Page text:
Singer/songwriter Rod Picott has released a new video for the song “Revenuer” from his album Paper Hearts and Broken Arrows that arrived in 2022.
This video was filmed by Neilson Hubbard and Joshua Britt. They make beautiful work and have worked with Jason Isbell, John Prine and Lucinda Williams. It was a sweltering day when we filmed. We all but melted and my thrift store shoes dug a raw hole in the back of my right heel.
Picott shares a personal essay about his latest album:
“Paper Hearts And Broken Arrows comes out of the air like all collections of songs. I challenge anyone to explain the lightning that strikes when a new song is born. You catch a glimpse of the ghost, then chase it down until you’ve rendered your best sketch. Although the pandemic emptied out the wheelbarrow of my life as I knew it; I was simultaneously gifted with enormous amounts of time to dig in the dirt pile left behind. Which is what I did – I love the work. While not being able to tour I conjured several projects that kept my boat floating in the choppy water. I recorded “one of a kind” personal “best of” albums for people and I re-recorded all the songs I’ve written with my long time co-writer – Slaid Cleaves.
Both projects were successful and engaging yet they were side projects to the task at hand – the songs that would make up Paper Hearts & Broken Arrows. This latest album had time to marinate, to simmer and to chisel in the way I wanted – with the luxury of time. I wrote roughly twenty-five songs in the year and a half the album took shape. Some of those missing songs are among the strongest I’ve written and will be on the next album but I wanted Paper Hearts to feel a certain way and so I killed my darlings as they say. Most songwriters wil tell you their newest creation is their best. How can you say different once you have the art in front of you and the job is now to get it into listener’s hands? I’m proud of all the albums I’ve recorded for various reasons. Some have held up better over time. Some have drifted out of the lane and have one wheel in the gutter.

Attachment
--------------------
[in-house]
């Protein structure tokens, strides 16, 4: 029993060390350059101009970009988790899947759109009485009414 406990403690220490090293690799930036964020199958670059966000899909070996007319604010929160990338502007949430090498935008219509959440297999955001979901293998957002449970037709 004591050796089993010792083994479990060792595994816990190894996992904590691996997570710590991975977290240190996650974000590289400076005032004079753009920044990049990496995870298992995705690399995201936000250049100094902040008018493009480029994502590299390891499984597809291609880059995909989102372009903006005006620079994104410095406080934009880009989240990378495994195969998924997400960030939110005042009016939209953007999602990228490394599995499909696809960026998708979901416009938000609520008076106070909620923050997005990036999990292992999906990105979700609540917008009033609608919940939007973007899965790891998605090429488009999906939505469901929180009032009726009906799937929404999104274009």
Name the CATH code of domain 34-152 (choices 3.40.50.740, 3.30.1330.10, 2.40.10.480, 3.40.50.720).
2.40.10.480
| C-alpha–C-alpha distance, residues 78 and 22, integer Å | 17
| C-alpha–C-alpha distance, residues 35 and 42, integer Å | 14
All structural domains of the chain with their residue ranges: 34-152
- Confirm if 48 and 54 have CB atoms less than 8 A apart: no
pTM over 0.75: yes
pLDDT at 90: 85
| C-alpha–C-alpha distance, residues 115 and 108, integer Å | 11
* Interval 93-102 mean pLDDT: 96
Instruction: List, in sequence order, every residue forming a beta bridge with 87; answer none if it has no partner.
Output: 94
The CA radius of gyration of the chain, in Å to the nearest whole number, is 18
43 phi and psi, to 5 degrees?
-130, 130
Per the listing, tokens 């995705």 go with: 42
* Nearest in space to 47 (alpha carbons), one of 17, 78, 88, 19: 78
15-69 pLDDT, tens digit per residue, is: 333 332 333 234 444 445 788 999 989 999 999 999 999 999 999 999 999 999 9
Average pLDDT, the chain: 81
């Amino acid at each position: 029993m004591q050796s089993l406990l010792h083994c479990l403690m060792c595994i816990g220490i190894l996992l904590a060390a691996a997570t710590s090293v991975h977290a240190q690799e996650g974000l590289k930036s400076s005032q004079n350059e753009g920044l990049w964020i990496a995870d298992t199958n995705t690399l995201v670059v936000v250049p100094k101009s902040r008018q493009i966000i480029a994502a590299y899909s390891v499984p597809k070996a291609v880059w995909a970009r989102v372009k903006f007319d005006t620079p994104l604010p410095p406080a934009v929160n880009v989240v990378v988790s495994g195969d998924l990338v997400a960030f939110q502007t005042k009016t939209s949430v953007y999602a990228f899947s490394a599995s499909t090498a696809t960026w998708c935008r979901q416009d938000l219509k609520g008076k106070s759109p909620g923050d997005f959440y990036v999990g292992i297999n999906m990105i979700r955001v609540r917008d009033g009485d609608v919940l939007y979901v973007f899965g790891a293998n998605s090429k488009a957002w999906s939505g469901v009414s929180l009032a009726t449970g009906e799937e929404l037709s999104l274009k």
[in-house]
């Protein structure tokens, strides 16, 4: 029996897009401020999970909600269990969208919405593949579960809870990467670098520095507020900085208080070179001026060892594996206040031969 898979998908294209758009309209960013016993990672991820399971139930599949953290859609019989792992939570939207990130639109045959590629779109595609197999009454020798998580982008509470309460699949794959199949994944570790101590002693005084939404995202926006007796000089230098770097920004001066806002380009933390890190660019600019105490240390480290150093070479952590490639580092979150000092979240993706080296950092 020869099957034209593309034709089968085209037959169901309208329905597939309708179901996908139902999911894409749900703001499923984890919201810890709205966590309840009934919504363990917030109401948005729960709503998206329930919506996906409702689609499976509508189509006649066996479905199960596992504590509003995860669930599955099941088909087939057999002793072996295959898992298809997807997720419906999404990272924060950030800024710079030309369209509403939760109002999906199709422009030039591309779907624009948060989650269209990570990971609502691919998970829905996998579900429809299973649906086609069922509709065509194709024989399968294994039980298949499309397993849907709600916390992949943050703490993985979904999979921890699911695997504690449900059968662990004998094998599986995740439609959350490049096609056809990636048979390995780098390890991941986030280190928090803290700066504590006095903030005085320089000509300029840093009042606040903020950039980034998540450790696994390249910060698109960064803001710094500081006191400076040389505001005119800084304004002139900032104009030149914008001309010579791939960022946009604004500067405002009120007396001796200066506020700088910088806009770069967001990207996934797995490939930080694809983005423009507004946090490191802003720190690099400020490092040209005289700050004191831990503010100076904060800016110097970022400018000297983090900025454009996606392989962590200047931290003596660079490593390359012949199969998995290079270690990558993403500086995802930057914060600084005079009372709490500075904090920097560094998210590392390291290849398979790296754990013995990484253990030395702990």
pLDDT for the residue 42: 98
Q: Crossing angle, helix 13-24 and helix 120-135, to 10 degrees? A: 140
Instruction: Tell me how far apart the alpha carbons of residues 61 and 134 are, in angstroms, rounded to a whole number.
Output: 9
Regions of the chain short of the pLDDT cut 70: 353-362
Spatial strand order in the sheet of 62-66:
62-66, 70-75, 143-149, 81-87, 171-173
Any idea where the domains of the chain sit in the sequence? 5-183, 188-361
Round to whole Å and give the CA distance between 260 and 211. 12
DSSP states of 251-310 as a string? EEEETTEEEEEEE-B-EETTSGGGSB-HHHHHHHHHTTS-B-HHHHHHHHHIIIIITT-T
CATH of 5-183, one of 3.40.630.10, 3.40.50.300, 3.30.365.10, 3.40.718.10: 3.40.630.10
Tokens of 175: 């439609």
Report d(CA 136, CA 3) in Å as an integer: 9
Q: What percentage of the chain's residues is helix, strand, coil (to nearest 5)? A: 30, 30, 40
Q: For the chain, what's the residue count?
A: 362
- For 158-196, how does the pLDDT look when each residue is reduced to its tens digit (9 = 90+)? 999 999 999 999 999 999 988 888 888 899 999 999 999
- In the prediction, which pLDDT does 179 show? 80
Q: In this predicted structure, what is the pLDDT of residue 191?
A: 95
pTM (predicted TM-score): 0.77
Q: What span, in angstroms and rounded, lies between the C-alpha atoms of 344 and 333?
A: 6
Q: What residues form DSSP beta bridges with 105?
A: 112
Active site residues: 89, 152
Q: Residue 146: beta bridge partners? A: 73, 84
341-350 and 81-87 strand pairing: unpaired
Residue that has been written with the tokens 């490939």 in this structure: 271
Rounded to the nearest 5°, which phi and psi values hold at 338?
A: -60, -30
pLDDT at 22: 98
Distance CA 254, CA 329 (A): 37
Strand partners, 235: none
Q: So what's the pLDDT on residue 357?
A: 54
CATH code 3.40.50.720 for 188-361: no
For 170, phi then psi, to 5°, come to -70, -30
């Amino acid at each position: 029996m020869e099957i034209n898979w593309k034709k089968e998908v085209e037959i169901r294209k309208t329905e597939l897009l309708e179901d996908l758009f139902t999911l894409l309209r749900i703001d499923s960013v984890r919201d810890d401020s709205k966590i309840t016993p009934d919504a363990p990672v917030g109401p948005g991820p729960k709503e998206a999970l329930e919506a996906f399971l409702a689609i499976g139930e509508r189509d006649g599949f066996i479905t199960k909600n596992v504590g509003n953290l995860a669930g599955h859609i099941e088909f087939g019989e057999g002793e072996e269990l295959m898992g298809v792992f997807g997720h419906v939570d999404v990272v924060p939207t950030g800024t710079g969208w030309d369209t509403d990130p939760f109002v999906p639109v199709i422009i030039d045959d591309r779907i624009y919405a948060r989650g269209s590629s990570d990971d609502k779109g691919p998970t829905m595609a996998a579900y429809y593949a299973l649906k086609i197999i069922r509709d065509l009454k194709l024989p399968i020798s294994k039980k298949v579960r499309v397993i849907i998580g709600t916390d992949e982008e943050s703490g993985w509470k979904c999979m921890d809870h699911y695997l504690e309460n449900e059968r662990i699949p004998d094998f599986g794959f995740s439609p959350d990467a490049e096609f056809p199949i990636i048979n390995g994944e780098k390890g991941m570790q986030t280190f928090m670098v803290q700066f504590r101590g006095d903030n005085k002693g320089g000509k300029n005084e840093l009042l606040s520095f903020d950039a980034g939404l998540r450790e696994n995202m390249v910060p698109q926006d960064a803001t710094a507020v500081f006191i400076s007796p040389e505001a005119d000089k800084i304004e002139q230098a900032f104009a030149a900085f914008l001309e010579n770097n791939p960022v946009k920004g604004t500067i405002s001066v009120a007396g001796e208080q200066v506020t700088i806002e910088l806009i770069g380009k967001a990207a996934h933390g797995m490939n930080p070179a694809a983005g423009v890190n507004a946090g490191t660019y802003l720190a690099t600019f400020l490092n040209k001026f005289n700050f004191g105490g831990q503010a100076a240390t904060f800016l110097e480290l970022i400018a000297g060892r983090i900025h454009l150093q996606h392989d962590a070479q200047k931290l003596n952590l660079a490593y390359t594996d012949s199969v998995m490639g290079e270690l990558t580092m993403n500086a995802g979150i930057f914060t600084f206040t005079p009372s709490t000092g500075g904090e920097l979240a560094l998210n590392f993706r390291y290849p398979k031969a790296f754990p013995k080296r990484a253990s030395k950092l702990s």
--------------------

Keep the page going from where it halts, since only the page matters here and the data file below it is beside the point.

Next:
Paper Hearts And Broken Arrows is an album with no filler. It is lean. There are twelve songs, carefully chosen to make the album feel a particular way. It is lush and enormous sounding and at the same time raw as live-edge woodwork. That is all intentional. This was in fact the mission. My voice has changed over the years; with age, a few thousand shows, damage from bad technique and possibly the Jameson’s as well (though I don’t think the Blanton’s hurt it a bit). I’m comfortable with where my voice has landed. It suits the songs better than ever. I’ve always felt like a bit of an old man anyway and so my voice finally caught up.
Paper Hearts & Broken Arrows is a rangy album. There is a song about Sonny Liston’s tragic boxing career and life and a song so intimate and vulnerable, I myself, teared up in the studio when we played it back. There is a song about pure lust as naked as they come and a stomping roaring rocker from the moonshine mountains of Appalachia. There are outlaws, villains, vows of loyalty and pleas to the skies to offer small mercies. In the end the only question to answer is: Did you make the piece of art you wanted to make? Yes. With help from the incredibly intuitive producer Nielson Hubbard and a few ace musicians, we chased these songs down like blue tick hounds on the scent. I don’t know ifPaper Hearts And Broken Arrows is the best album I’ve made but I know it might be.
*My favorite aside: We recorded a gorgeous full-band version of a song titled “Valentine’s Day” and were listening to the playback. I could feel the room deflate slightly – just a subtle shift in the air. We all loved the arrangement. We all said how great it sounded but to a man nobody had that look of triumph. It’s a strange thing that look in the recording studio. There is a confidence to it that’s like running the pool table. “Take that.” It says. Finally I broke. “I think what we have here is an Eagles song where the guy can’t really sing.” Neilson said, “Well how do you want it to sound?” I picked up the guitar and played it slow, quiet and ragged letting my voice crack and creak. He pointed to the door. ‘Yup, that’s better.’”